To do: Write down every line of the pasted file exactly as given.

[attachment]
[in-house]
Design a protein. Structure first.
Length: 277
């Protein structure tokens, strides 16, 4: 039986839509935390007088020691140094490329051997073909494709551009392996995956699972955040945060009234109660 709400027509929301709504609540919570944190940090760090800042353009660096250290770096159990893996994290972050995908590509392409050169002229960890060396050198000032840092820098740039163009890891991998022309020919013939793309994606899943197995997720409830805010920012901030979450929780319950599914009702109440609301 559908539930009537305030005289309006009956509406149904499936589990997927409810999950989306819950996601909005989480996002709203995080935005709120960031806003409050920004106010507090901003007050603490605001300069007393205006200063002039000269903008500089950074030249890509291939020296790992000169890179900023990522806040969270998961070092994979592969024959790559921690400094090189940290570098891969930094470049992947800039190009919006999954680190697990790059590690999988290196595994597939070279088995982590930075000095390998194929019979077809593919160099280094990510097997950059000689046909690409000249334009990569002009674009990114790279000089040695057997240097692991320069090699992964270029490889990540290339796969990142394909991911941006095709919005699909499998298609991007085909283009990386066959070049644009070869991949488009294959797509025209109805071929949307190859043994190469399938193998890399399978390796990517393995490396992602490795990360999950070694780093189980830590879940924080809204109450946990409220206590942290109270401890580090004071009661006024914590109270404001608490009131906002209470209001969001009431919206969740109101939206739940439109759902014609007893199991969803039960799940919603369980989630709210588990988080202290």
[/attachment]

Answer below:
[in-house]
Design a protein. Structure first.
Length: 277
């Protein structure tokens, strides 16, 4: 039986839509935390007088020691140094490329051997073909494709551009392996995956699972955040945060009234109660 709400027509929301709504609540919570944190940090760090800042353009660096250290770096159990893996994290972050995908590509392409050169002229960890060396050198000032840092820098740039163009890891991998022309020919013939793309994606899943197995997720409830805010920012901030979450929780319950599914009702109440609301 559908539930009537305030005289309006009956509406149904499936589990997927409810999950989306819950996601909005989480996002709203995080935005709120960031806003409050920004106010507090901003007050603490605001300069007393205006200063002039000269903008500089950074030249890509291939020296790992000169890179900023990522806040969270998961070092994979592969024959790559921690400094090189940290570098891969930094470049992947800039190009919006999954680190697990790059590690999988290196595994597939070279088995982590930075000095390998194929019979077809593919160099280094990510097997950059000689046909690409000249334009990569002009674009990114790279000089040695057997240097692991320069090699992964270029490889990540290339796969990142394909991911941006095709919005699909499998298609991007085909283009990386066959070049644009070869991949488009294959797509025209109805071929949307190859043994190469399938193998890399399978390796990517393995490396992602490795990360999950070694780093189980830590879940924080809204109450946990409220206590942290109270401890580090004071009661006024914590109270404001608490009131906002209470209001969001009431919206969740109101939206739940439109759902014609007893199991969803039960799940919603369980989630709210588990988080202290």